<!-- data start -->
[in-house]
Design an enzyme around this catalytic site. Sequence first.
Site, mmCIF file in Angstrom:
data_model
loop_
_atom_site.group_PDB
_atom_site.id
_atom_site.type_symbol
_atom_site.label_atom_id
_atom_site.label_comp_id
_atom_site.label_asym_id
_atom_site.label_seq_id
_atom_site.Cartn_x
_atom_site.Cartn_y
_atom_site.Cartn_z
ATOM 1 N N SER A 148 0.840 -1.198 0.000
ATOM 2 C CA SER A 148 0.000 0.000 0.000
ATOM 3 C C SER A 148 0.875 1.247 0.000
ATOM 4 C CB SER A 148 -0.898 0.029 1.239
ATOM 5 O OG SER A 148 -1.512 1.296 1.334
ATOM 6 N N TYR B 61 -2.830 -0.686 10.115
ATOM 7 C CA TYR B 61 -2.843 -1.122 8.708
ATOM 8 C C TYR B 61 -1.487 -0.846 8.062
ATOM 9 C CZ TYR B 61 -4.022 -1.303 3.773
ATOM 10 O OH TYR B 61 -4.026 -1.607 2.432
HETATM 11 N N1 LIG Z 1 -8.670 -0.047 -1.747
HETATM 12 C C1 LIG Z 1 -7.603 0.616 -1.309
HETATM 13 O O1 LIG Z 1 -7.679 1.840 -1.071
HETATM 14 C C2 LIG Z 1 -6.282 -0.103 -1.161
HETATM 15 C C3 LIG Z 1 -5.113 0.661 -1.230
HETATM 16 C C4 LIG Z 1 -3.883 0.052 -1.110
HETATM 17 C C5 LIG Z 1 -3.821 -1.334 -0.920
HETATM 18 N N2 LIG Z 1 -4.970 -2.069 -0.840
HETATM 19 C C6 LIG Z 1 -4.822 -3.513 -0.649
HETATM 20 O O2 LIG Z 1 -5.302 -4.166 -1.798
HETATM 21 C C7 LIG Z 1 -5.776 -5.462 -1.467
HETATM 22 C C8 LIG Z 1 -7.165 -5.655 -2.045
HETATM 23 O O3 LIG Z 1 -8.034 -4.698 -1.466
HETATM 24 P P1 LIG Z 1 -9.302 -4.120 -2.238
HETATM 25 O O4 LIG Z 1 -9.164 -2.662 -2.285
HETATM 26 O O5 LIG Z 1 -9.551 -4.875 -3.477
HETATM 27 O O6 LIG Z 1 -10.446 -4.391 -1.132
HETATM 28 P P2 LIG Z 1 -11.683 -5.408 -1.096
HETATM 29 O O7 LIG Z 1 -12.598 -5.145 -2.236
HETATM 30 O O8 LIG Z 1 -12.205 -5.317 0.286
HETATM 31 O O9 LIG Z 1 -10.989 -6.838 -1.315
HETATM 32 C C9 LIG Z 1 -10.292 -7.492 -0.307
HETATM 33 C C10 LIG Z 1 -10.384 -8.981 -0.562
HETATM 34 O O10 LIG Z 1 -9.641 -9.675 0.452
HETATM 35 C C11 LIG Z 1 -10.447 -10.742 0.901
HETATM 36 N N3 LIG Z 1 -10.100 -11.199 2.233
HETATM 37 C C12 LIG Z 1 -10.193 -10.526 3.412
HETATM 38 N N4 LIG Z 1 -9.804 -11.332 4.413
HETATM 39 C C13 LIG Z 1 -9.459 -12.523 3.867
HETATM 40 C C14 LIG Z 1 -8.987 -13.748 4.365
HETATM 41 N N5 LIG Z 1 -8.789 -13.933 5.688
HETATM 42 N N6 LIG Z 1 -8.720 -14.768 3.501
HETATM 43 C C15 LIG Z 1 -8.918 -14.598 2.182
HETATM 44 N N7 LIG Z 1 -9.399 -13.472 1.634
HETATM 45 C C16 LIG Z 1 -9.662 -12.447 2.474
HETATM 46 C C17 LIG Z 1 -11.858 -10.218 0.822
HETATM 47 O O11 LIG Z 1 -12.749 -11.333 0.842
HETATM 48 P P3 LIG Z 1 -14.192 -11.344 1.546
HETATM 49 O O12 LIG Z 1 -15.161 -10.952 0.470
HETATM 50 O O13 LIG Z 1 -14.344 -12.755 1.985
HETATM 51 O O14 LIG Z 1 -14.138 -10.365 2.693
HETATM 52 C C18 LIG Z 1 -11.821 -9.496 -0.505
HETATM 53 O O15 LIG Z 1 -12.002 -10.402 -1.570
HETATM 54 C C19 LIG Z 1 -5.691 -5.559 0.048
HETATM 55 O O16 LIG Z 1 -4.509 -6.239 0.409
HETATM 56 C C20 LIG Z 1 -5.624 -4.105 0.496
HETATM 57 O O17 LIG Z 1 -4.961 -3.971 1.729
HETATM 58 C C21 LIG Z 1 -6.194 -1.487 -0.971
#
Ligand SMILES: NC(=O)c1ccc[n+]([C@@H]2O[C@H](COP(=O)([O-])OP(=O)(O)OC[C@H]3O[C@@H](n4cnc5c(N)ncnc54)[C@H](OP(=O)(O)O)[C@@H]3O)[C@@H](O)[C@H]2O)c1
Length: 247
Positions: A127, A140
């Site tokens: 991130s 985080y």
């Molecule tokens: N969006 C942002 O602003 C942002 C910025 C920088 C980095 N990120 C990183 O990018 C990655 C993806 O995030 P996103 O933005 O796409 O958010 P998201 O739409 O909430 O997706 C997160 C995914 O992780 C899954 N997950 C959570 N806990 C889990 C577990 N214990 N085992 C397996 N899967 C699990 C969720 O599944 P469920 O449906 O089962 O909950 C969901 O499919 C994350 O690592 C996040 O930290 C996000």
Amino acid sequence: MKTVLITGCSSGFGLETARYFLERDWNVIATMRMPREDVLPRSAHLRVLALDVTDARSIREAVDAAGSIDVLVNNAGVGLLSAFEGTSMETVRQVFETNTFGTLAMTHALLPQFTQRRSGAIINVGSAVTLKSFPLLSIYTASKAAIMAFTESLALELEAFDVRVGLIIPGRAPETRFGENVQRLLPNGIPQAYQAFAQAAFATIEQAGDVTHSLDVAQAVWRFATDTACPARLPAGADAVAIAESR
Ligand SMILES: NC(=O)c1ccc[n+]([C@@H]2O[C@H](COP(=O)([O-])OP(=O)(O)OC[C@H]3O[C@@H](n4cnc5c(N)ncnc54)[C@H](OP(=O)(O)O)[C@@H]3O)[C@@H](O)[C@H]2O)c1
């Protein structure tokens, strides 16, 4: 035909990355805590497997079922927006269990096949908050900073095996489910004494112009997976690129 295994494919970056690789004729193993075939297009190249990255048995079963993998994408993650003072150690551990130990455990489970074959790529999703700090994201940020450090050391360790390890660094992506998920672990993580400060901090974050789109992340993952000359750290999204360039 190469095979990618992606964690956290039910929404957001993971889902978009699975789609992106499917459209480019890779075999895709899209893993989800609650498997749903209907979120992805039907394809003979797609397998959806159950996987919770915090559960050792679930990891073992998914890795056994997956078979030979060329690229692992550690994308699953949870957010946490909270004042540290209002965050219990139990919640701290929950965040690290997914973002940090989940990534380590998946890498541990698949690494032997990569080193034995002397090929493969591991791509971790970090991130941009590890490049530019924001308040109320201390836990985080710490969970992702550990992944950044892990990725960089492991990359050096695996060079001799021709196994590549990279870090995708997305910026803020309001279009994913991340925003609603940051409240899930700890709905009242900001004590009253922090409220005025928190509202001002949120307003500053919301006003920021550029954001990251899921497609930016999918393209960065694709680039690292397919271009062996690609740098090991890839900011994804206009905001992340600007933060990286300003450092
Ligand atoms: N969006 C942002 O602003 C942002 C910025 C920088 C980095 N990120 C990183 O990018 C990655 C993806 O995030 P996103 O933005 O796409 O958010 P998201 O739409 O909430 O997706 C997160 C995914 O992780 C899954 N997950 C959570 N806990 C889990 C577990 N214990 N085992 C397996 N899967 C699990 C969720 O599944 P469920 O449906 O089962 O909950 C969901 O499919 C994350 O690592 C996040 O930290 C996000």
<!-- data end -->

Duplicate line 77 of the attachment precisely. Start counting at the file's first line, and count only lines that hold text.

Positions: A127, A140